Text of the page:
Feeds

Sony intros 'Quad SSD' Raid-ed notebooks

Storage performance boost?

Choosing a cloud hosting partner with confidence

Sony has introduced a 13in notebook with four Raid-arrayed SSDs.

The Vaio Z comes with either 128GB or 256GB of storage space in Raid 0 configuration so data is striped across four 32GB or four 64GB drives, respectively.

Sony Vaio Z

Sony's Vaio Z: aluminium construction

There's no data security provision, but Raid 0 should improve drive performance - though whether this gives a real speed increase, or Sony is simply using the technology to bring cheap SSDs up to speed remains to be seen. We'll have to wait for independent benchmark results to say for sure.

Sony Vaio Z

Two GPUs on board

Sony is offering two Z-series models, one with a 2.4GHz Core i7-520M processor and the other with a 2.66GHz i7-620M. Both CPUs have Intel's Turbo Mode tech to dynamically up the clock speed to 2.93GHz and 3.33GHz, respectively, but only when this can be achieved without overheating the chip.

Sony Vaio Z

Four-SSD array storage

The two machines come with 4GB and 6GB of memory, respectively. Both have a GeForce GT 330M graphics core with 1GB of DDR 3 video memory. The CPUs both have on-board graphics too - the laptops flip between the two according to need, the better to eke out battery life.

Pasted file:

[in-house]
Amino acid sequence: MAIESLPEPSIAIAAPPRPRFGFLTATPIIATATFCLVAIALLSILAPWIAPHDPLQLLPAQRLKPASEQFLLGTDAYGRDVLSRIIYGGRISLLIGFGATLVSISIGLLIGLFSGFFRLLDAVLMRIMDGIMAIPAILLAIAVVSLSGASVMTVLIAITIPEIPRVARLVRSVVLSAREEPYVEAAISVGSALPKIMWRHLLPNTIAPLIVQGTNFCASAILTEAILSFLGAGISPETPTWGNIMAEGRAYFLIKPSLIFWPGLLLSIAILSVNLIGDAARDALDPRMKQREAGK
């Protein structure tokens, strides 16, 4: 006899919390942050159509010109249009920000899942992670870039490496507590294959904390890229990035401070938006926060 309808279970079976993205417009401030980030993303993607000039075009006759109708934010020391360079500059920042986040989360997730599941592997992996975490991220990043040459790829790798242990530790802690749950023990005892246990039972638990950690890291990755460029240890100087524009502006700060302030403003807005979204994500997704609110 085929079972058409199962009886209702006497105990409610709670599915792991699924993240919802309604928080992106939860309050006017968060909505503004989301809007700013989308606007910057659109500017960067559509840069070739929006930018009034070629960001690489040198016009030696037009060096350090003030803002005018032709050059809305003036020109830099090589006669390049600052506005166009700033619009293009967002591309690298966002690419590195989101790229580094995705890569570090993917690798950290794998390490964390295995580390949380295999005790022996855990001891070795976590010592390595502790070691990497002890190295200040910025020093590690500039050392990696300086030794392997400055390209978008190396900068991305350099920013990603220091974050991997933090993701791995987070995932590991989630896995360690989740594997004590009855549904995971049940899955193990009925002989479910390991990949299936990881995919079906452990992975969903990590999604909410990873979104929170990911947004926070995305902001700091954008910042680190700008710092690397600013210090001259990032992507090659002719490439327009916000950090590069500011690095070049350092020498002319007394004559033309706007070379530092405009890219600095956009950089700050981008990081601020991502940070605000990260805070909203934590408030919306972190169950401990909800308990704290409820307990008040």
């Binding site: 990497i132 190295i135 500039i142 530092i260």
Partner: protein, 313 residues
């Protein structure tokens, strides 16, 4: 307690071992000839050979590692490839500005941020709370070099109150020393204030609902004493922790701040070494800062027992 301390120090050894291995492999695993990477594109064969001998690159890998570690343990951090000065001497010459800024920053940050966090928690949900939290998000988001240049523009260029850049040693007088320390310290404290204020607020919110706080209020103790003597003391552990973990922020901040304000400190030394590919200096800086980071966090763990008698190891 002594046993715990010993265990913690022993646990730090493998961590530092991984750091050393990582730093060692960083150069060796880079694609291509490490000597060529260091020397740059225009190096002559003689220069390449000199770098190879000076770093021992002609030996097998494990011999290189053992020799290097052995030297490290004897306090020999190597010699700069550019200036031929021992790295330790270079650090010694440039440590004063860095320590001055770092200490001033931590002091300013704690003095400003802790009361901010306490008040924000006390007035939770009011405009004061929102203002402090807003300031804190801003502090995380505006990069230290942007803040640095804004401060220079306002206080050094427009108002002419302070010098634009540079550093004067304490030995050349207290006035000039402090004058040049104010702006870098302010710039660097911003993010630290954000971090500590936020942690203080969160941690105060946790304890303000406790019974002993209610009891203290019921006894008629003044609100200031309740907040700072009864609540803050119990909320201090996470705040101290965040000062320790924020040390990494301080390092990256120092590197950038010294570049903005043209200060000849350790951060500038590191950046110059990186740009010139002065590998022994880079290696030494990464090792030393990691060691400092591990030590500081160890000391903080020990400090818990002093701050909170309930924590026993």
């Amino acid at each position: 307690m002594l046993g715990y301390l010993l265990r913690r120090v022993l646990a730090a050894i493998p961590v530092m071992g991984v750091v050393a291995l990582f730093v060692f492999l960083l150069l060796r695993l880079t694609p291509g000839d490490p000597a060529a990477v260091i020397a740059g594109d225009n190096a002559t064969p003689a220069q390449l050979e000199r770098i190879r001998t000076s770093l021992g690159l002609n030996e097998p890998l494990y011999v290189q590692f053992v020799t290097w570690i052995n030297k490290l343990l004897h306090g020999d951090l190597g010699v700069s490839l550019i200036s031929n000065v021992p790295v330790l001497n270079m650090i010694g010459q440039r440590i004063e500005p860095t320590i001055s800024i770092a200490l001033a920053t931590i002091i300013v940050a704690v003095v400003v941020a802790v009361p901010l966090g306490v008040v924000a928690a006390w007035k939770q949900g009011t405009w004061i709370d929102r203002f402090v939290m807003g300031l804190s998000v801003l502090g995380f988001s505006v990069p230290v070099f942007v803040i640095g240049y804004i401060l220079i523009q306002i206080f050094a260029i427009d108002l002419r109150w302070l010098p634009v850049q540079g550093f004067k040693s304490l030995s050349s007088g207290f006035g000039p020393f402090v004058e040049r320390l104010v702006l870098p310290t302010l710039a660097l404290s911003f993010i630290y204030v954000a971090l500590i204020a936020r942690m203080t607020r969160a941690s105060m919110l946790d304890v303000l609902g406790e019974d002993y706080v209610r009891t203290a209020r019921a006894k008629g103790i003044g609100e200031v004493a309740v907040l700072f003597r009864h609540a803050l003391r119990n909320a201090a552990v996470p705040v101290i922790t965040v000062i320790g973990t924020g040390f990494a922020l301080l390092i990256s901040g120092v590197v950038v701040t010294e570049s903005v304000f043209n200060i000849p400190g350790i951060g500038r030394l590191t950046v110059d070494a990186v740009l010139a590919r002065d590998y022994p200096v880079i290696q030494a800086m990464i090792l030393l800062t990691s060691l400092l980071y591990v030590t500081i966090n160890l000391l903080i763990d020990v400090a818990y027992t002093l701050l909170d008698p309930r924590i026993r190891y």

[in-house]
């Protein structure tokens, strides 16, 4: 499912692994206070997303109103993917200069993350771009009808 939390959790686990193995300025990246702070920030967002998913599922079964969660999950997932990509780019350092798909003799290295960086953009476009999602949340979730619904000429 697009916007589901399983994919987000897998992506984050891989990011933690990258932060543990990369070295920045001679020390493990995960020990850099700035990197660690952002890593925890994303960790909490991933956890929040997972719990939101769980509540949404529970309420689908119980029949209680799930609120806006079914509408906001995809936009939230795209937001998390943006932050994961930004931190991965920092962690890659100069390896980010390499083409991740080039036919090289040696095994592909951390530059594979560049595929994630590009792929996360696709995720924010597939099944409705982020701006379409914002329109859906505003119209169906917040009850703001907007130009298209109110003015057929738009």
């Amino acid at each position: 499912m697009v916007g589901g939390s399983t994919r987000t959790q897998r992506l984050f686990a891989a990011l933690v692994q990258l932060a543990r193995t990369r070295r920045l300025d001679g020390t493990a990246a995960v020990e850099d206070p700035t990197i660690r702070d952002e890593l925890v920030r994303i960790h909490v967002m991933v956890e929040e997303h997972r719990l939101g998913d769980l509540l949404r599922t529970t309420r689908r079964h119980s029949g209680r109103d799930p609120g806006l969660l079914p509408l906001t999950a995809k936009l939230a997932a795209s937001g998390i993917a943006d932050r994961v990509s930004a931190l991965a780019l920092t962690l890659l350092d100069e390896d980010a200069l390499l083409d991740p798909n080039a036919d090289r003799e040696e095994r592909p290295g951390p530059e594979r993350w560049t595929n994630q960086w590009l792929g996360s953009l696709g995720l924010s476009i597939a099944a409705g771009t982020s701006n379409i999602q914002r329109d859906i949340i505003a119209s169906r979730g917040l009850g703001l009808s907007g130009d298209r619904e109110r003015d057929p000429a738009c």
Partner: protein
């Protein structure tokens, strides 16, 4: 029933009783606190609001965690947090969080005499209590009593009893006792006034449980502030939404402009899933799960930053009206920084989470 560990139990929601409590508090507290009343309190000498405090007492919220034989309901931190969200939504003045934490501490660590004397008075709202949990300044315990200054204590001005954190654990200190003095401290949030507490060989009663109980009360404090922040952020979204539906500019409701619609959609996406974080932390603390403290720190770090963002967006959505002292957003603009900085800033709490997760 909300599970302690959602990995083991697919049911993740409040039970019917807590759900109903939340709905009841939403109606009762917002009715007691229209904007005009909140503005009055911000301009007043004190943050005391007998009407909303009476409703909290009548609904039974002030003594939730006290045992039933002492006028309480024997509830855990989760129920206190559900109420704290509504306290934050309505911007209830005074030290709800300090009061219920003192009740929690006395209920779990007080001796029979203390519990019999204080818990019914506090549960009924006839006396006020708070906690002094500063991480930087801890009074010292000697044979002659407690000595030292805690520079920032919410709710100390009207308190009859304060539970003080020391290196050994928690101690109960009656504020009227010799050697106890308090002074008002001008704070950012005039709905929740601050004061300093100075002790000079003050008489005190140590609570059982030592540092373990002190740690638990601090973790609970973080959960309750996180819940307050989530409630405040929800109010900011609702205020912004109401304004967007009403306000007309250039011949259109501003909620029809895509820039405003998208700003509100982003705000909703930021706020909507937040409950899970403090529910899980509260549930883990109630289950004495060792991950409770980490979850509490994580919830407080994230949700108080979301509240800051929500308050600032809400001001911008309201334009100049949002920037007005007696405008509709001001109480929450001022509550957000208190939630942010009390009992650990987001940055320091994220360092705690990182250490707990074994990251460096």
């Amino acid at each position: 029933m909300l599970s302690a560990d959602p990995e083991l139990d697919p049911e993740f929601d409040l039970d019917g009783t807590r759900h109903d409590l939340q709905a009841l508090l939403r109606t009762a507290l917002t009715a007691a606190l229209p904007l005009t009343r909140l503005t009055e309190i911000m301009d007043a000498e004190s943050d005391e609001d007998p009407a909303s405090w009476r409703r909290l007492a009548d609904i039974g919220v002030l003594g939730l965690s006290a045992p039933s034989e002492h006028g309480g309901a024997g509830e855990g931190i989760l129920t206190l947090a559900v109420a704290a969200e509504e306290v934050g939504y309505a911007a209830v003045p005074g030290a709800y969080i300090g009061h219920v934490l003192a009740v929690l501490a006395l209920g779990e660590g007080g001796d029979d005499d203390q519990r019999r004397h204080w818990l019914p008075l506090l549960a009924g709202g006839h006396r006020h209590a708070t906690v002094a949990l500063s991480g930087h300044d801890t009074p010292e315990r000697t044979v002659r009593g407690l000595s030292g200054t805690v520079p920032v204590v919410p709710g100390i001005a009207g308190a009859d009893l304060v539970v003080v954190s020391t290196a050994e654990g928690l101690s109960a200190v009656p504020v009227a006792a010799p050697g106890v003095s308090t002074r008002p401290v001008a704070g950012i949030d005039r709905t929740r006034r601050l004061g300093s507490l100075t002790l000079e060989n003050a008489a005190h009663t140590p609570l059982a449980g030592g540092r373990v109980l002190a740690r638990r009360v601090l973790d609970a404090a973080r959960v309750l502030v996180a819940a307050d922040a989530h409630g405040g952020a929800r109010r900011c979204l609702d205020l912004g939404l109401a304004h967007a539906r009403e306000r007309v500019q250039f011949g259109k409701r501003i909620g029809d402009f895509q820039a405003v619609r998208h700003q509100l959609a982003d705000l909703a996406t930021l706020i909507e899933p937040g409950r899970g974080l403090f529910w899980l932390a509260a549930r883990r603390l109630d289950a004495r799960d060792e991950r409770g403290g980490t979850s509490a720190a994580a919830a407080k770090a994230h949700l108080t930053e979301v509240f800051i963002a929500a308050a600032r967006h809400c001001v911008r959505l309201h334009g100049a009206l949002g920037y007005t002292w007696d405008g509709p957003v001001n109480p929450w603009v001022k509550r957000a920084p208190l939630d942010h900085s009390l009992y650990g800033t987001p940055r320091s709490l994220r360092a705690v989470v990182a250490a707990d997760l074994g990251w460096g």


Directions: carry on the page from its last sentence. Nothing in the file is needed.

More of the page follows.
Whatever GPU is in operation, it drives a 1920 x 1080 LED-backlit glossy display.

Sony Vaio Z

Well connected

In addition to 802.11n Wi-Fi and Bluetooth 2.1+EDR, both Zs have on-board HSPDA 3G modems. DVD±R/RW drives are included too. So is an HDMI port.

The Vaio Z series goes on sale in March. Sony didn't provide prices. ®

Security for virtualized datacentres

Whitepapers

A strategic approach to identity relationship management
ForgeRock commissioned Forrester to evaluate companies’ IAM practices and requirements when it comes to customer-facing scenarios versus employee-facing ones.
Storage capacity and performance optimization at Mizuno USA
Mizuno USA turn to Tegile storage technology to solve both their SAN and backup issues.
High Performance for All
While HPC is not new, it has traditionally been seen as a specialist area – is it now geared up to meet more mainstream requirements?
Beginner's guide to SSL certificates
De-mystify the technology involved and give you the information you need to make the best decision when considering your online security options.
Security for virtualized datacentres
Legacy security solutions are inefficient due to the architectural differences between physical and virtual environments.